These key principles were a major part of the development of future hands-on coding technologies. Coding education began appearing in the classroom in the 1980s with the implementation of programming languages like Logo and Basic. This led to the development of Scratch, developed by Mitch Resnick at MIT in 2003. Papert was a mentor to Resnick and Logo’s user-friendly nature had a major influence on Scratch.

Fast-forwarding to today, SAM Labs embodies these concepts by encouraging hands-on learning that combines physical and digital elements to create something meaningful. Combining an intuitive, visual app with wireless blocks, SAM Labs introduces the ‘learn by making’ philosophy in a new way that’s highly relevant to Generation Alpha. At the same time, SAM Labs ensures that all activities are rooted in evidence-based learning outcomes that teachers can effectively assess.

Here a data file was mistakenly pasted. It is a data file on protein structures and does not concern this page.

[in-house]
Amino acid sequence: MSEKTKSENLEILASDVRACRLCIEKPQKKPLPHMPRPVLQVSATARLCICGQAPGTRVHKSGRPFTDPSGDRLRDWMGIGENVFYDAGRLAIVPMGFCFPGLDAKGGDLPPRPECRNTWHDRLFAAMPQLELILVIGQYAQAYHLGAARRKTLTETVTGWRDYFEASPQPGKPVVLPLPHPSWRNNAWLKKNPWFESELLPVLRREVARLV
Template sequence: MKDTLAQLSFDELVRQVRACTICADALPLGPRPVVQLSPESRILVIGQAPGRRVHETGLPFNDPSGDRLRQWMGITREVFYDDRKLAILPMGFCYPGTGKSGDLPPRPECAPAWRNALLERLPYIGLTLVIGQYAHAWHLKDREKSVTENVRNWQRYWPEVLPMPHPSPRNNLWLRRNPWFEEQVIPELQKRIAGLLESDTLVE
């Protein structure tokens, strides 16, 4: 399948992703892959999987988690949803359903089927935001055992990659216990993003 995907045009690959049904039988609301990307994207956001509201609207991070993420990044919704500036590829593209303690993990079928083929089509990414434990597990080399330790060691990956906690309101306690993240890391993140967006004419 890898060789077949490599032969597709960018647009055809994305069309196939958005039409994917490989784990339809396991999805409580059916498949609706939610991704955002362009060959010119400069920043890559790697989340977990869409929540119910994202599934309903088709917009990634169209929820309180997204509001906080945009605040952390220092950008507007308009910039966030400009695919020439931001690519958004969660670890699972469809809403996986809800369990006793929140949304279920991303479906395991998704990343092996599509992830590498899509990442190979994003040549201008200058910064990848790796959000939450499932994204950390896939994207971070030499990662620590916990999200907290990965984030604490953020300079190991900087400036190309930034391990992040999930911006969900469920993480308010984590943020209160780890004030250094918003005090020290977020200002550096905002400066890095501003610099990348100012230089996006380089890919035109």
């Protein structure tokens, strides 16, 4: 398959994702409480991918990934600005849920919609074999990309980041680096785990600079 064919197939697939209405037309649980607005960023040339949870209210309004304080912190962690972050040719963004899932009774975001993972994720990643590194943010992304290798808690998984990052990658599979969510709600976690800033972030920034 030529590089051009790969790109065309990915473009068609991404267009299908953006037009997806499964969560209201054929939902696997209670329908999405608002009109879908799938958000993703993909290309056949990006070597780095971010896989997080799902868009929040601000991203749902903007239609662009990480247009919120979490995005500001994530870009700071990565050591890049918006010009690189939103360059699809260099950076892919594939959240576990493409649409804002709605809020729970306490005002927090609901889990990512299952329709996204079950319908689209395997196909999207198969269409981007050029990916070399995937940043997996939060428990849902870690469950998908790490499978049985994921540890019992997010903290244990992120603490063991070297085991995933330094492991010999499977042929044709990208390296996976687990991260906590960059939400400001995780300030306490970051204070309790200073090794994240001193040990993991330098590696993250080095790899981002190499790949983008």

Find out more

SAM Labs in
Your Curriculum 

Coding and
Computational Thinking:
Teaching 5-7 Year Olds

Coding and
Computational Thinking:
Teaching 7-11 Year Olds

Coding and
Computational Thinking:
Teaching 11-14 Year Olds

Assessing Computing,
Coding and Computational
Thinking in Schools

Coding and
Computational Thinking: